Little Theater gets new lease on life as movie house and comic book shop

February 18, 1993|By Adam Sachs | Adam Sachs,Staff Writer

The Little Theater on the Corner in historic Ellicott City is re-opening as a combination second-run movie house and a comics and collectibles shop.

Three former comic book store employees have a five-year lease with an extension option on the building at the corner of Main Street and Old Columbia Pike. The former home of Onstage Productions, a nonprofit children's theater group that operated for 10 years at the prime downtown site, has been vacant since August 1991.

Charles Kimbrough, 31, Daniel Poreca III, 27, and Joseph Ferraro, 23, worked together at Geppi's Comic World in Woodlawn before becoming partners in forming Santa Lives Productions, the corporate name for the movie theater and comic shop. Mr. Poreca was formerly a manager and Mr. Kimbrough an assistant manager at Geppi's; Mr. Ferraro still works there as a security guard.

Lewis & Carroll's Comics & Cards could open as early as tomorrow in the lobby of the building, Mr. Poreca says. The upstairs space for the comic book shop, which will include new comics, back issues, sports cards and other collector's items, will be ready to open within two weeks, he says. Comic book displays in the theater lobby sometimes will be related to the film feature, Mr. Kimbrough says.

Already, the stairway wall is adorned with a colorful mural featuring such animated luminaries as Batman and The Joker, Spiderman, The Incredible Hulk, Scorpion and Green Goblin.

The movie theater -- which will feature animation, foreign, monster, science fiction, comedy classics and student film festivals as well as Hollywood movies several months after their release -- is expected to open by April, Mr. Kimbrough says.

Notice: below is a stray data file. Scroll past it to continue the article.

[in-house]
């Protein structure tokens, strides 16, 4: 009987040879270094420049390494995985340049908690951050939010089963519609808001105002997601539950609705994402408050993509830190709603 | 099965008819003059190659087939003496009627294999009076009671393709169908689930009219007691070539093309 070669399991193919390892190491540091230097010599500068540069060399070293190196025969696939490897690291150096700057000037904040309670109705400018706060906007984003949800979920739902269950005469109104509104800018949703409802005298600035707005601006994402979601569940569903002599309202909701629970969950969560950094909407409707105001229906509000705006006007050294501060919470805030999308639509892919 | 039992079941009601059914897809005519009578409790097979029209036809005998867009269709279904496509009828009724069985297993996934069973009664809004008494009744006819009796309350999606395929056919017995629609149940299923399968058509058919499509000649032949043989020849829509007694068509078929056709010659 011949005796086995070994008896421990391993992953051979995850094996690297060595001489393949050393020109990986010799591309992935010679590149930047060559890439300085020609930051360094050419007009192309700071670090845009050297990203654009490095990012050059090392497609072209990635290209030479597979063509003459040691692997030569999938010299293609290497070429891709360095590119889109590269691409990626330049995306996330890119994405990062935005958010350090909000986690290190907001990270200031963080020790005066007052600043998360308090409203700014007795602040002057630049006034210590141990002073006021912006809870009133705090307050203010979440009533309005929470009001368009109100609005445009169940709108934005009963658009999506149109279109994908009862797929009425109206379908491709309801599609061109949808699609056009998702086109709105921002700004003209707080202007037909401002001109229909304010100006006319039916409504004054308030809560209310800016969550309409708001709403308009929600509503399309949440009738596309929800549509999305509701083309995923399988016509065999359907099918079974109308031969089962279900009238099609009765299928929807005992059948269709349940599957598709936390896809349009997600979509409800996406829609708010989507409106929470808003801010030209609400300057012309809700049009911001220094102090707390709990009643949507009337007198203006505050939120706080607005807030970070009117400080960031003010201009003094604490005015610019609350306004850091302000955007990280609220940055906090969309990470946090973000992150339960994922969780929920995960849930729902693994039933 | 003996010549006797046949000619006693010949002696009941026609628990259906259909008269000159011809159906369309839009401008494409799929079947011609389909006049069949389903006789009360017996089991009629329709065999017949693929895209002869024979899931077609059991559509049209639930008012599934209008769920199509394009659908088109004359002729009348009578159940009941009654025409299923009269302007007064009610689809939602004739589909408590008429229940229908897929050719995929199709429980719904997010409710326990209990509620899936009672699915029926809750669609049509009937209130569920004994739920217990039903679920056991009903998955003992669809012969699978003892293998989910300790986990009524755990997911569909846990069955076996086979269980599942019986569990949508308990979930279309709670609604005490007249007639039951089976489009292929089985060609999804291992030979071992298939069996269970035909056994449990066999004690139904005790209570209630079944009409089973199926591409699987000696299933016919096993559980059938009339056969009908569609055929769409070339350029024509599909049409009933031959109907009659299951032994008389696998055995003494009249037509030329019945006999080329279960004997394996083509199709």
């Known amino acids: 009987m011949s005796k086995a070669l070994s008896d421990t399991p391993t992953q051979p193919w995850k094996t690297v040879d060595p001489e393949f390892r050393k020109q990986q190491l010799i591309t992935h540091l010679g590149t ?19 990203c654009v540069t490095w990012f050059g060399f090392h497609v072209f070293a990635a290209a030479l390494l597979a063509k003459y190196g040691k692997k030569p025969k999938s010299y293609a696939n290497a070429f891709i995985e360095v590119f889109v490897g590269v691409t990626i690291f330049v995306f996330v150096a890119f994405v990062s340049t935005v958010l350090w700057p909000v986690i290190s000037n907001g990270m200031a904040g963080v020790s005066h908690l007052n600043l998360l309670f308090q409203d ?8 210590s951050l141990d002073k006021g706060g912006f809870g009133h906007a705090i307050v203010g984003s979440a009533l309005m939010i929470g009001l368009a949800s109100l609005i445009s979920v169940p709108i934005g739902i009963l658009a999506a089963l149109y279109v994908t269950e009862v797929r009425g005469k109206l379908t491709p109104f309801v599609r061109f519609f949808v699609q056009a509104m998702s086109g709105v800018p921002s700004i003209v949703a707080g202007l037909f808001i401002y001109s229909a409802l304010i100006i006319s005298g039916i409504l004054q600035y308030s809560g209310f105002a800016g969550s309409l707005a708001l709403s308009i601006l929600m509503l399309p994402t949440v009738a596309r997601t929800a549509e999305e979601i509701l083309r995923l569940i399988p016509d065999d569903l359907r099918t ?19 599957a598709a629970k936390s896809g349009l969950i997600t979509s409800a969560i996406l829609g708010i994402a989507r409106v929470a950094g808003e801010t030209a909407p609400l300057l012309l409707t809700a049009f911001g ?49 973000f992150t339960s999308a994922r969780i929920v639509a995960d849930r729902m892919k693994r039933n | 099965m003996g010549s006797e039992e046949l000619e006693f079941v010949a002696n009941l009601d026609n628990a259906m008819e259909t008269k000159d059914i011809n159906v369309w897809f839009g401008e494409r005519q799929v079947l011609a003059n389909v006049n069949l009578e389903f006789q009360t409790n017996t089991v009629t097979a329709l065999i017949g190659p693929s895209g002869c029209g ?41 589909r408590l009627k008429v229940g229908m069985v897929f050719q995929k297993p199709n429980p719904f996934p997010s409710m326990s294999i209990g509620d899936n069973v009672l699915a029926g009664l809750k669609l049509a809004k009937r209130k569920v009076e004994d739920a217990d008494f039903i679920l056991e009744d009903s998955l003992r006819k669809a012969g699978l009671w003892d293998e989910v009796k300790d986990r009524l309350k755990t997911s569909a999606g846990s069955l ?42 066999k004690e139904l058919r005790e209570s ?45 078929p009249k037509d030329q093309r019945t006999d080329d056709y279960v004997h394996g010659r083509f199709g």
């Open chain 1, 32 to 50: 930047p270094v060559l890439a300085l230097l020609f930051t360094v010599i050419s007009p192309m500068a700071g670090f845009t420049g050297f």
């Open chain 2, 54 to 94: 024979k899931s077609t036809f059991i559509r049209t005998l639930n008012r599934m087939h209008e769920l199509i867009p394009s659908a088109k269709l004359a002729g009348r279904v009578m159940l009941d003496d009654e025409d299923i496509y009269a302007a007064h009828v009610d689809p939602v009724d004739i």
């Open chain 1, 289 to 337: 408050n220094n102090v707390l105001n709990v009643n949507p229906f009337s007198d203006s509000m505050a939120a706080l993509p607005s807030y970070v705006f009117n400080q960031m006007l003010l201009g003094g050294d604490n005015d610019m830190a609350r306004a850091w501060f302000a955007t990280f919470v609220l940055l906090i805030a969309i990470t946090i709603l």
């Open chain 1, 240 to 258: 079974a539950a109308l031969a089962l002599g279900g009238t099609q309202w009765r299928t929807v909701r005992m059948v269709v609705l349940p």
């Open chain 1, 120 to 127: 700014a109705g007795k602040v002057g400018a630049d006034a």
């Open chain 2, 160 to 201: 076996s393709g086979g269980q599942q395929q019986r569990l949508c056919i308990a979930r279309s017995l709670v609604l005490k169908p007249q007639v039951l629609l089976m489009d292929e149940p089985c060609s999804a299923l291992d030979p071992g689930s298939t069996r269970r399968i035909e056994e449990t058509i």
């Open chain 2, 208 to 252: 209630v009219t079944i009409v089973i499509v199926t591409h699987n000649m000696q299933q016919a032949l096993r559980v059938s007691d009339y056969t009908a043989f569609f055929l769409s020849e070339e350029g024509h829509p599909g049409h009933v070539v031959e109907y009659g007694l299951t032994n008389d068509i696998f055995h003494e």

The partners plan to charge $2 to $3 admission to the movies and subsidize that operation through the comic shop, he says. They also hope to attract sneak previews of first-run movies.

The partners are doing much of the interior renovations themselves and are making minimal changes to the theater, which has 108 seats. The movie house will retain its Little Theater on the Corner moniker.

Mr. Poreca estimates that start-up costs will be about $25,000, with the film projection equipment comprising about half that amount.

Mr. Kimbrough recently moved from Baltimore to Ellicott City, where Mr. Ferraro grew up. Mr. Poreca lives in Baltimore.

"Joe [Ferraro] and myself travel through Ellicott City quite a bit," Mr. Kimbrough says. "We'd see the theater and it was always closed. We like the area and the ambience. We thought we could make a go of it."

Although Mr. Kimbrough hears "gloom and doom forecasts" from his friends, he says the partners have received support from local retailers and shoppers, and they bring with them a strong following of comic book collectors.

"A lot of serious collectors will come from far away," says Mr. Kimbrough, who specializes in imported comics and previously managed a science fiction and fantasies bookstore in Baltimore.

"There are people looking for things, and we'll try to get it for them."

The comic shop will have a subscription service.

Ellicott City Business Association President Barry Gibson said the re-opening of the marquis corner building could help other downtown businesses.

"We don't thrive on vacancies," Mr. Gibson says.

"I think it will be an asset as a theater. It functioned successfully as a theater in the past and that's something of a need here," he says. "It's an area where people need a place to be entertained."

Mr. Gibson says parking shouldn't pose a problem because two lots are in the vicinity of the theater.

The 51-year-old building opened as The Ellicott movie theater after a 1940 fire destroyed Berger's Grocery and Der Wong's Laundry, which previously occupied the site. The building was converted to a disco in the 1970s. Colored lights remain under one section of the floor.

Onstage Productions started producing plays in 1982. But the organization couldn't handle the rent increases and the recession, which led to a decrease in contributions and grants.

The new tenants are paying $1,600 per month in rent, Mr. Kimbrough says. He admits that the partners have limited financial resources but adds that they are committed to making the project a "lifetime achievement."

Mr. Ferraro, a visual arts major at the University of Maryland-Baltimore County, says one reason he is interested in the business is to provide an outlet off campus for student movies.

"We're looking at doing what we like to do," he says. "If it turns out to be a good profit, great. But we want to keep it up and going."

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